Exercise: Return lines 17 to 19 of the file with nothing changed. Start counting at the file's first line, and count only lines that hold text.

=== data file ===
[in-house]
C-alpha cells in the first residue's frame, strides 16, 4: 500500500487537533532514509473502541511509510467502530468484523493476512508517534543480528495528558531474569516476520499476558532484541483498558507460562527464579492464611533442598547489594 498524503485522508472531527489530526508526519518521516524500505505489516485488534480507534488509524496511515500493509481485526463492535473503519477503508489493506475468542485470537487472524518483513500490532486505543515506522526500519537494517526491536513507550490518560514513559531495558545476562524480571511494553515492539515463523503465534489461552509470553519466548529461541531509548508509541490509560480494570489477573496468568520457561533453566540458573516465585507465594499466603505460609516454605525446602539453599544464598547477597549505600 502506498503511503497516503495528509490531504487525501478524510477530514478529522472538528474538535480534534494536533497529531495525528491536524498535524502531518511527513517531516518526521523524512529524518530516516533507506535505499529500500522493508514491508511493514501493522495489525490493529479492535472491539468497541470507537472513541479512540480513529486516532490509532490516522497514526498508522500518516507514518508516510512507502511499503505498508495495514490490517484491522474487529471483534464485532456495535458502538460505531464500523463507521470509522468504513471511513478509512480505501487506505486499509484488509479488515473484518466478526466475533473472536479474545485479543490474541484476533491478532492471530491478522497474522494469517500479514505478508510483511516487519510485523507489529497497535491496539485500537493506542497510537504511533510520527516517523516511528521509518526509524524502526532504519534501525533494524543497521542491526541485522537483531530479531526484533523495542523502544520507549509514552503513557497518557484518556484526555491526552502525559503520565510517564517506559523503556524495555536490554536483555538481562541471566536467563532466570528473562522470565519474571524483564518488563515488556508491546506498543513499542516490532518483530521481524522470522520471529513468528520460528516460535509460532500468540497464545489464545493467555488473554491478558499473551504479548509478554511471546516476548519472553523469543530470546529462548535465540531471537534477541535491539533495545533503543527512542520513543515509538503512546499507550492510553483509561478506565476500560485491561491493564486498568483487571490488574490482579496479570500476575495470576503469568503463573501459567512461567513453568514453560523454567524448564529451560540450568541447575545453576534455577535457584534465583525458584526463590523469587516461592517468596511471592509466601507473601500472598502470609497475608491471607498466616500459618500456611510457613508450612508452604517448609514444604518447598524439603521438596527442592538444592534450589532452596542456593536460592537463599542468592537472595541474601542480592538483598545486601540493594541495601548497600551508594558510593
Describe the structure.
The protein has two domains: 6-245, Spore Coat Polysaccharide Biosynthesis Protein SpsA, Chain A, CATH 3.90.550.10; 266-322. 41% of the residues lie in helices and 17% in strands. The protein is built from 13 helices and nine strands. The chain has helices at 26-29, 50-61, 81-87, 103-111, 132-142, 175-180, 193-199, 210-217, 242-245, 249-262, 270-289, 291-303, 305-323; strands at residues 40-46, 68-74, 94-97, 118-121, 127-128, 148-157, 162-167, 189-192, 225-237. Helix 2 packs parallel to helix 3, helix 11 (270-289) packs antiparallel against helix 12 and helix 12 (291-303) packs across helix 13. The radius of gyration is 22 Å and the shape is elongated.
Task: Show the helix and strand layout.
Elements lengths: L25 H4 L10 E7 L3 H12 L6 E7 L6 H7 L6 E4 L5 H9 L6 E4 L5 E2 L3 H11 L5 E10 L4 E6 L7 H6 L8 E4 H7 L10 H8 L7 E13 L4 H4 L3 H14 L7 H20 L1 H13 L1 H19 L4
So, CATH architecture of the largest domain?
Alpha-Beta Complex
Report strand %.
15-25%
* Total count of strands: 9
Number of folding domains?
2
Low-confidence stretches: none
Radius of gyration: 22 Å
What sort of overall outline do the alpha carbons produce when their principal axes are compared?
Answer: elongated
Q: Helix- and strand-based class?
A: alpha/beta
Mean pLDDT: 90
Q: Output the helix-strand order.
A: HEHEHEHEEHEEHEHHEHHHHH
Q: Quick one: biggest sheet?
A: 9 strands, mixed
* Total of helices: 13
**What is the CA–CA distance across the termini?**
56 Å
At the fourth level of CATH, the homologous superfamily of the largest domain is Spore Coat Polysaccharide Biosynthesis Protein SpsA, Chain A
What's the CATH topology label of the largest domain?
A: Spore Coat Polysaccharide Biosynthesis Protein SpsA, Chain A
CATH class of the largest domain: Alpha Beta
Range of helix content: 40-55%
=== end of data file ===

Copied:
Answer: elongated
Q: Helix- and strand-based class?
A: alpha/beta